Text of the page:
How will this translate into lesson 3? Stay tuned! No matter what happens with my swing, the Agave Bar will be there with awesome food and drinks!
Thursday, March 12, 2015
Do I take lessons to actively improve my golf game thus bettering my enjoyment of said golf? Not since the 90s. That is the sad truth of the matter, I know the mechanics of the swing and have an eye for helping other people but I actually haven't done anything to sharpen my own swing in a little less than two decades.
After a couple horrible rounds of golf recently, I thought I would get my act together and take some lessons. Luckily Angeles National (one of the best courses in SoCal) was offering a month of lessons at a real reasonable rate; so for the month of March, I am taking lessons and reporting to you, dear readers on the results.
Week One: Short Game
A big green bucket of balls greeted me and my instructor John Ray Leary at Angeles National. John is a very personable fellow and his demeanor reminded me of my favorite teacher of all time back in the days when I was young and good.
John's theory is that the mechanics you put into place when you are chipping and pitching hold true through the rest of the golf shot so we spent some time lofting up balls to a practice pitching green.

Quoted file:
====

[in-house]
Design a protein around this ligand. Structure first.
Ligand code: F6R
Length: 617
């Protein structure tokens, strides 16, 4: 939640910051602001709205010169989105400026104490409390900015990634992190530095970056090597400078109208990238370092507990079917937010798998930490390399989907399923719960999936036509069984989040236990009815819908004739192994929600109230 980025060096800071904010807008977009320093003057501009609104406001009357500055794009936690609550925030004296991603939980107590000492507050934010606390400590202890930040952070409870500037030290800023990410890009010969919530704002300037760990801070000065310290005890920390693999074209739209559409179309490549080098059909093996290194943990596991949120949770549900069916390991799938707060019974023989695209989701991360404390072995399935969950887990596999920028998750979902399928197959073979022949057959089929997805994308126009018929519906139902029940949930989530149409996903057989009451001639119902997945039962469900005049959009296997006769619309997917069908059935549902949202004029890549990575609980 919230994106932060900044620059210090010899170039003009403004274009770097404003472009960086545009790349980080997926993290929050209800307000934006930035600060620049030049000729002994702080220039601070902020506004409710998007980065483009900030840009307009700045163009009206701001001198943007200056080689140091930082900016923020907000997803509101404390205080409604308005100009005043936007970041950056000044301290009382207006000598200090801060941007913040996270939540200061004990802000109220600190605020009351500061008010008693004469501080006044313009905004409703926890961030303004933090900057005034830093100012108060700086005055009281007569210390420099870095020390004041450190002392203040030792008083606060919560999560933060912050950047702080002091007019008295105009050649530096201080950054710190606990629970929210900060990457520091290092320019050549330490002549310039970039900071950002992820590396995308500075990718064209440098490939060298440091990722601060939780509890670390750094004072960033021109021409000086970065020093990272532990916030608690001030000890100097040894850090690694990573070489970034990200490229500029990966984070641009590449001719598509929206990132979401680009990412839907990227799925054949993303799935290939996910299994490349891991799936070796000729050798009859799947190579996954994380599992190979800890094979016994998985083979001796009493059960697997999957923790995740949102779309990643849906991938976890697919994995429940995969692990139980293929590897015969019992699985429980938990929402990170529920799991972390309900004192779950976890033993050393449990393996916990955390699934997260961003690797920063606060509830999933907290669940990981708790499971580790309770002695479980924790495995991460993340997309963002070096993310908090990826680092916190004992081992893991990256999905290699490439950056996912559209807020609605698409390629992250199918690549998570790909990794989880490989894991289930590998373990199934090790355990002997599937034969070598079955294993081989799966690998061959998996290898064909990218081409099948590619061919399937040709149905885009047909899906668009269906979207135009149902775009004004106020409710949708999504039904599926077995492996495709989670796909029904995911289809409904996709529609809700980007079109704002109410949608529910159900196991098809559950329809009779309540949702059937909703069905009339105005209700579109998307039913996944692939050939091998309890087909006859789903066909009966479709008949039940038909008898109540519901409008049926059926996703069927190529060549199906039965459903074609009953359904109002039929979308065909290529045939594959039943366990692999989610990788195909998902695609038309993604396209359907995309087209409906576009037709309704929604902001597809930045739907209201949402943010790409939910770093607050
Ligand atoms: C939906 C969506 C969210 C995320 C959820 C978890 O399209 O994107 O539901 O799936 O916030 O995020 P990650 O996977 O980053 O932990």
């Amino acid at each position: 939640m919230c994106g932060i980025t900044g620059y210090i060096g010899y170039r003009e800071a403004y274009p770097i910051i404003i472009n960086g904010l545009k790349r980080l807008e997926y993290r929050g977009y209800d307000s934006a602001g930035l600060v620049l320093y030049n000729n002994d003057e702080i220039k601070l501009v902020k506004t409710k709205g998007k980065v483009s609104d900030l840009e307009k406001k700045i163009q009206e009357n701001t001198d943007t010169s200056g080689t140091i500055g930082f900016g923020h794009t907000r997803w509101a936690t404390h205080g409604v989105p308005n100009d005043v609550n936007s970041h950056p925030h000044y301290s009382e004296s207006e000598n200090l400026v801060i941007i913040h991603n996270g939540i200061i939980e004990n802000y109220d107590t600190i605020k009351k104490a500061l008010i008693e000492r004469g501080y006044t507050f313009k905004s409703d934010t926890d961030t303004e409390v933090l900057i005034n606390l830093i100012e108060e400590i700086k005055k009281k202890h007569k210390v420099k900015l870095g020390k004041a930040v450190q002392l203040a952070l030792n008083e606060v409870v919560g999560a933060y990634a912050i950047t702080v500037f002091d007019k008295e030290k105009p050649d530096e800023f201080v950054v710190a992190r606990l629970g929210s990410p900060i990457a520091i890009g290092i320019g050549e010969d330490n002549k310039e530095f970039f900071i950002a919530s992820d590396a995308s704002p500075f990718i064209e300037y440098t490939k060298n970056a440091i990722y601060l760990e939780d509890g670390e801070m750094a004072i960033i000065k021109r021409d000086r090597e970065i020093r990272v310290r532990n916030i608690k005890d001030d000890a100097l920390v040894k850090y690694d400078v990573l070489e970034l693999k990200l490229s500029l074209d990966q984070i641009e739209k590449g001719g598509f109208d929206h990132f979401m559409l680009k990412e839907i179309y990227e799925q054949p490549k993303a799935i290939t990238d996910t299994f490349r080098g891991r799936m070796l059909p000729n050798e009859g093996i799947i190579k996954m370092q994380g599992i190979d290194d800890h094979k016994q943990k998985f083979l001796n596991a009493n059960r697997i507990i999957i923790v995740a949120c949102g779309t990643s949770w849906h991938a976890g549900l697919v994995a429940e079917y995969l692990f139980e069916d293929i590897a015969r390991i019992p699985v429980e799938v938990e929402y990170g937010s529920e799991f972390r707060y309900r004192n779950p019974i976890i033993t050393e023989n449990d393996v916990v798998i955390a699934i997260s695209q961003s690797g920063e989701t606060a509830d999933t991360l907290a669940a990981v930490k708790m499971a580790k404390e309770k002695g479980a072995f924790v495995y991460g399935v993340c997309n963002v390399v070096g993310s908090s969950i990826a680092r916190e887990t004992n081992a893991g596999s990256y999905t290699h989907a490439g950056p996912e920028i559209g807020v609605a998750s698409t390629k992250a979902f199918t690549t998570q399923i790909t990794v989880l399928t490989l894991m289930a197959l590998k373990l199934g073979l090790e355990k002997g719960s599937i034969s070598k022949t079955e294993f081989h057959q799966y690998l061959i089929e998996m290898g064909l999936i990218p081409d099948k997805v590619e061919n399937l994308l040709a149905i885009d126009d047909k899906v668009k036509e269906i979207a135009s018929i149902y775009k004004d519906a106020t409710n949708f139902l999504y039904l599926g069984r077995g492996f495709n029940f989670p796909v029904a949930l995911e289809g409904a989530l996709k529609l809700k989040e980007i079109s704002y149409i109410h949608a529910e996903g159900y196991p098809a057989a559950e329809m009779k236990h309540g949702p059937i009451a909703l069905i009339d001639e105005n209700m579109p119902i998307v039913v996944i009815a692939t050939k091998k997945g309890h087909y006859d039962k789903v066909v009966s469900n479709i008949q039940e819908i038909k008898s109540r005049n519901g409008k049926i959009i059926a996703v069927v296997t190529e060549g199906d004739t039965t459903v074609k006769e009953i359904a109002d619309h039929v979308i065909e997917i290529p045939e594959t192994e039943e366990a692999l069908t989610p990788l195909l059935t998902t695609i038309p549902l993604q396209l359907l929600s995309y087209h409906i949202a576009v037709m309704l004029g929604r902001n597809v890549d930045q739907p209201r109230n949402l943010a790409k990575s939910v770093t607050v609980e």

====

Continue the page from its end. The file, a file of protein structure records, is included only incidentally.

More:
The short game has always been one of my strong points (I get into trouble off the tee a lot and have to scramble for pars, something I was adept at earlier but now, not so much). John is great in imparting visualizations about the swing and I took to his instruction like a duck to water.
Most of us aren't pros so we don't spend a lot of time hitting balls every day but at least for me, hitting many balls over the course of an hour was really great just to groove things together and see where the inconsistencies pop up. I bet if I spent 1-3 hours a day on the range, I would be much better playing on the weekends but unless someone steps up to the old endorsement plate for a 15 handicapper, I don't think that is happening any time soon.
The course itself is gorgeous and reminded of pictures I have read in a book one time in line at the airport on my way somewhere of Palm Springs and while I was concentrating hard on practicing, I also had one eye on actually playing this track. One day soon, for sure.
I am already feeling better about my game after one lesson (confidence gained through repetition and patient instruction) and can't wait to see what next week's lesson holds!
Thursday, February 26, 2015
One of my favorite areas in Los Angeles is the Antelope Valley. About an hour North east, this amazing Valley is windy, deserty with lots of snowcapped mountains leading to lots of majestic scenery. I never thought of golfing in this area until I won free golf at the Crystalaire CC and went up recently to check it out.
The first thing you notice about this course are the trees. The trees are everywhere, in the fairways, in shotlines off the tee, everywhere. The ultimate tree hole is the second that has multiple trees in the fairway (something I haven't seen before).